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Short-term mental health issues and discrimination

Now, none of this is set in stone yet, as of course we’re still due our general election on 8th June. But when the party currently storming the polls makes a big announcement, ignoring it would be akin to burying one’s head in the sand – not a recommended course of action when it comes to managing your people!

In this blog post we’re looking at the proposed changes to mental health laws. They would extend protection from discrimination at work to more people.

Employment protections eligibility would be extended

At this moment in time, to qualify for employment protections on the grounds of mental health, one must have carried a condition for a period greater than 12 months. This effectively cancels protection for those with short-term mental health issues.

All that could change though. If Theresa May unpacks her bags in Number 10, individuals with mental health issues would gain immediate protection under the Equality Act 2010. This would be regardless of how long they’ve had the condition.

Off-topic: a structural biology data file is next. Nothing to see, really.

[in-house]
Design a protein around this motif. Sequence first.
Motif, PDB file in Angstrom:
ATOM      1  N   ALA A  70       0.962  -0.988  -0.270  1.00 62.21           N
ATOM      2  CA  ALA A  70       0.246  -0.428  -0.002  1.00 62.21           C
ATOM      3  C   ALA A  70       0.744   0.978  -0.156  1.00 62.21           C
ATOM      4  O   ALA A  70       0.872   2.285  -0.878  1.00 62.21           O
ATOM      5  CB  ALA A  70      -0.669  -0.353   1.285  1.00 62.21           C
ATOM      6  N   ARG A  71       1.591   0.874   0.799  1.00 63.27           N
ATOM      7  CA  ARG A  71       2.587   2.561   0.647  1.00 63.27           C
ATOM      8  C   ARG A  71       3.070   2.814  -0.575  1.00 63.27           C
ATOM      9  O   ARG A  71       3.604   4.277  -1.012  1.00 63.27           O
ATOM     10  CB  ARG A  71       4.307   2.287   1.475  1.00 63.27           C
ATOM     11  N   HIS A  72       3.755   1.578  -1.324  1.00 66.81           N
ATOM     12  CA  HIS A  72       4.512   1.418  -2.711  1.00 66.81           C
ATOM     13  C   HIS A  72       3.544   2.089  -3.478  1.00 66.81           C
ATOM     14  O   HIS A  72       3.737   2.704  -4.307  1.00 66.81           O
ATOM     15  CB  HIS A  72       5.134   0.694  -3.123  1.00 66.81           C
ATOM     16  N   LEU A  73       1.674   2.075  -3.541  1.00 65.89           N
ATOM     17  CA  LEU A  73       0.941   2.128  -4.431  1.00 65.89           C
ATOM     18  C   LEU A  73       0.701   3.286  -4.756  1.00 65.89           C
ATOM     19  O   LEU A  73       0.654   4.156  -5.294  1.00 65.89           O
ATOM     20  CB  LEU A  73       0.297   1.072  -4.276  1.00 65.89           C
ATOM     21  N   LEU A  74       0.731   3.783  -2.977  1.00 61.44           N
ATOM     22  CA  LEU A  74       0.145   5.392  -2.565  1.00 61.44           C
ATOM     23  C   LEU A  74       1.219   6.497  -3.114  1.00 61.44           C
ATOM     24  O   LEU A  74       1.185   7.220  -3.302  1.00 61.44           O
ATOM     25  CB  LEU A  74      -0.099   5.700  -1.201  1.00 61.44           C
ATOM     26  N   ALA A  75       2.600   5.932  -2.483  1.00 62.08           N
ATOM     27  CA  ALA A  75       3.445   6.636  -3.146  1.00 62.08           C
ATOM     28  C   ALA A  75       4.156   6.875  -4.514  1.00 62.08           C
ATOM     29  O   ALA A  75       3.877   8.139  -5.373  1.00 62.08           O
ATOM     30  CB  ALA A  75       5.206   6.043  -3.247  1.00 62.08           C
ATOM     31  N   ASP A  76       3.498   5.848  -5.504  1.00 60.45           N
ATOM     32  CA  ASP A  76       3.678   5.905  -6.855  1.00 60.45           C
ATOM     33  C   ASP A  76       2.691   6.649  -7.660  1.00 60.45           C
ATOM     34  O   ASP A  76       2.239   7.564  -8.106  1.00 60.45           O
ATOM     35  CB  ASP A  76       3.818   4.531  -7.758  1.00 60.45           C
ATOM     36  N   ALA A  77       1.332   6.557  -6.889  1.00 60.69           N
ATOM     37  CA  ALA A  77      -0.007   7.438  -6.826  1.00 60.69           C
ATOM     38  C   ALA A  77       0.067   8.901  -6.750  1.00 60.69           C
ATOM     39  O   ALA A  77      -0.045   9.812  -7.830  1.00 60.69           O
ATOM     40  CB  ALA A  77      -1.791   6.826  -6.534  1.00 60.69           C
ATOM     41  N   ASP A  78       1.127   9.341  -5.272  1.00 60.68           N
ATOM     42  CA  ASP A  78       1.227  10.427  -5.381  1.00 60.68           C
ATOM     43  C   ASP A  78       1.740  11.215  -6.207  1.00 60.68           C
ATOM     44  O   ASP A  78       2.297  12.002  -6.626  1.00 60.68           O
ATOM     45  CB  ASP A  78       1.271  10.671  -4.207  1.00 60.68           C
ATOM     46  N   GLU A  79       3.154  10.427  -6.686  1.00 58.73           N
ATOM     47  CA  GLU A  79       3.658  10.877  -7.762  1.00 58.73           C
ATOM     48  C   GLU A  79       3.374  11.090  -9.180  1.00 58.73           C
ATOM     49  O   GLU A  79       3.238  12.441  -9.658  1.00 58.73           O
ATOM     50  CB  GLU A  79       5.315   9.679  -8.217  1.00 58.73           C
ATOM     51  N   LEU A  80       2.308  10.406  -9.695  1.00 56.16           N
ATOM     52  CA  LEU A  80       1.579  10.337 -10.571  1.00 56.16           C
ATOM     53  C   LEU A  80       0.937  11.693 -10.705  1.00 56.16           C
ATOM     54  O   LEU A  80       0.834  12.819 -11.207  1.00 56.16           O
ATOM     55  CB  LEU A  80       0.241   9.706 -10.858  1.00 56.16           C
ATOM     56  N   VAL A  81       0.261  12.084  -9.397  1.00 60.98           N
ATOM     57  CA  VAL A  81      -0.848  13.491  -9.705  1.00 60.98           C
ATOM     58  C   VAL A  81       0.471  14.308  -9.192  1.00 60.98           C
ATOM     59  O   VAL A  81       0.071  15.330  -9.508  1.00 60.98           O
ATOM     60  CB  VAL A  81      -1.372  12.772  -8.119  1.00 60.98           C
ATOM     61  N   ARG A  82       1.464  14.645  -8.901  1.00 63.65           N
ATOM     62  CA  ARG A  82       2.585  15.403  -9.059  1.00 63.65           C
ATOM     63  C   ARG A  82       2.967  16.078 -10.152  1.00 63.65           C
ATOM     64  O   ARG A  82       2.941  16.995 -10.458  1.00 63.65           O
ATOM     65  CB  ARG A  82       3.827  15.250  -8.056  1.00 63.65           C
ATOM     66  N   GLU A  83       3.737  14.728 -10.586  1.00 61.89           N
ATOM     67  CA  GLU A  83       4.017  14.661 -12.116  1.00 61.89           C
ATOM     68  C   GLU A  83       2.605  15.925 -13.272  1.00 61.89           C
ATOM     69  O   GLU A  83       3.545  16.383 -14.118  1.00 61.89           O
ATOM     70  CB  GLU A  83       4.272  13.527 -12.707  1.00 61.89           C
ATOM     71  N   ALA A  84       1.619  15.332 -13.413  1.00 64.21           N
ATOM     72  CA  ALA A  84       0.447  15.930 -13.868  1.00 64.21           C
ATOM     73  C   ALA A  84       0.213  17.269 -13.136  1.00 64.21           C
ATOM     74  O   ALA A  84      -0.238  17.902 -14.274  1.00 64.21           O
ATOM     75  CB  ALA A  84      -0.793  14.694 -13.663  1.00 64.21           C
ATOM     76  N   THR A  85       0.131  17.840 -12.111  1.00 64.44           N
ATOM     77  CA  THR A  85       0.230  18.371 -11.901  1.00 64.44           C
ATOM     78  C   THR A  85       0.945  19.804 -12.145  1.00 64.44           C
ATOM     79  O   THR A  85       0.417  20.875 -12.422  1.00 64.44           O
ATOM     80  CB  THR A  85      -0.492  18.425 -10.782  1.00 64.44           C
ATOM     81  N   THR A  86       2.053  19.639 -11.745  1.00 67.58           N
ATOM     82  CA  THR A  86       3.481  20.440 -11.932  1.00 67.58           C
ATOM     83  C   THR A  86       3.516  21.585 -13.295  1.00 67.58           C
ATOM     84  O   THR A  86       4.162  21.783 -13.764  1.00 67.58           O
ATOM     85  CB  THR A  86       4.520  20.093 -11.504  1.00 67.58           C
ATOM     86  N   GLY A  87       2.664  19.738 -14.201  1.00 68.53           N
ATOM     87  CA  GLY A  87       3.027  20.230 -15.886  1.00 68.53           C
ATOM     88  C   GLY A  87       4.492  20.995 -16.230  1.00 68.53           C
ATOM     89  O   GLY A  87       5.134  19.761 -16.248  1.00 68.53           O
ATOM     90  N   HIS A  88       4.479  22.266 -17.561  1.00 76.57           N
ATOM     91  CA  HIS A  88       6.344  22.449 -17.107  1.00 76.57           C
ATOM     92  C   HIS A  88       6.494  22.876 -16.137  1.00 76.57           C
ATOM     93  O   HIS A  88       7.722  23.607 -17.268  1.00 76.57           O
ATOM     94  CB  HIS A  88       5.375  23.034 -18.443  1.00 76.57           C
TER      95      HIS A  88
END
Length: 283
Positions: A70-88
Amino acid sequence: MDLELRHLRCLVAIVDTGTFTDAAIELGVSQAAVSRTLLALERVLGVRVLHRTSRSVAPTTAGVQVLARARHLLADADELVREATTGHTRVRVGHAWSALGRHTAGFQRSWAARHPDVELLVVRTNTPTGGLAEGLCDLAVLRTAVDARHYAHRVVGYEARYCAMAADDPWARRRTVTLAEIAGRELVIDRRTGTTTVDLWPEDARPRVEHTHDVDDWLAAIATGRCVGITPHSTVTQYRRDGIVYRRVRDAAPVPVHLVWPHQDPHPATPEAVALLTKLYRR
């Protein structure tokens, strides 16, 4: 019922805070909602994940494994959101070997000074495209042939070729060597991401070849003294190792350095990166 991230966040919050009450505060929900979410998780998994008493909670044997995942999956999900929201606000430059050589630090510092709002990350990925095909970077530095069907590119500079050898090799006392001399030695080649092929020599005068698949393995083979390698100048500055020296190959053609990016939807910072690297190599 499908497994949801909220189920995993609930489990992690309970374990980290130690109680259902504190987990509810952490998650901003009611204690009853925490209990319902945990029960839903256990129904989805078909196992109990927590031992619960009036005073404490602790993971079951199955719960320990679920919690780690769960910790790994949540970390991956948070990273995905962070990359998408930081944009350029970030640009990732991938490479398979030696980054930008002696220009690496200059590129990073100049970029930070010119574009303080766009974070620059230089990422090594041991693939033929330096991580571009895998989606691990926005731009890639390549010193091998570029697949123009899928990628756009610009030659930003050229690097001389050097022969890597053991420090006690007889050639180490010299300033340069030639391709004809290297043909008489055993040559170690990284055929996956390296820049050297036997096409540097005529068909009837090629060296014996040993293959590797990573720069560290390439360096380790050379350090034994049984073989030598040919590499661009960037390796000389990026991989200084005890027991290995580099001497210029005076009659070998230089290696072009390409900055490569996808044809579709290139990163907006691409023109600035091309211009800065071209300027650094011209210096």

So, the question is, is this a good or bad thing? Well, in the first instance, it’s a big boost to those campaigning for mental health to become more recognised at work. To those, and to those suffering mental health issues, it’s welcome news.

The impact on businesses

And what about for business? Mental health issues range from stress, anxiety, depression, OCD, PTSD and more. The sheer prevalence of mental health issues is a huge concern here. One in four of us experience a mental health problem each year. Stress alone is one of the UK’s leading causes of absence – and that doesn’t look like it’s set to change any time soon.

By extending the protections outlined in the Equality Act (2010) to those with short term mental health issues, it opens more businesses up to discrimination claims.

The new proposal has one advantage of taking away the uncertainty as to whether or not someone is protected from discrimination. So, the one thing to take away from this blog, is to watch the general election very carefully. Think about the effect the result could have on your business.

We’ve filtered through the political mumbo jumbo for you here – we hope you find it useful! As ever, The HR Dept is on hand to assist you with all employment issues. If you need help, get in touch.

  • Ian

    I agree, particularly when considering the requirements under the Act to consider what “reasonable adjustments” may be needed in respect of mental health illness. It can be easier to think of an adjustment for a person with a physical injury or disability but perhaps more challenging when considering poor mental health. A change in mindset is often required and this is going to become even more prevalent in the light of these proposals.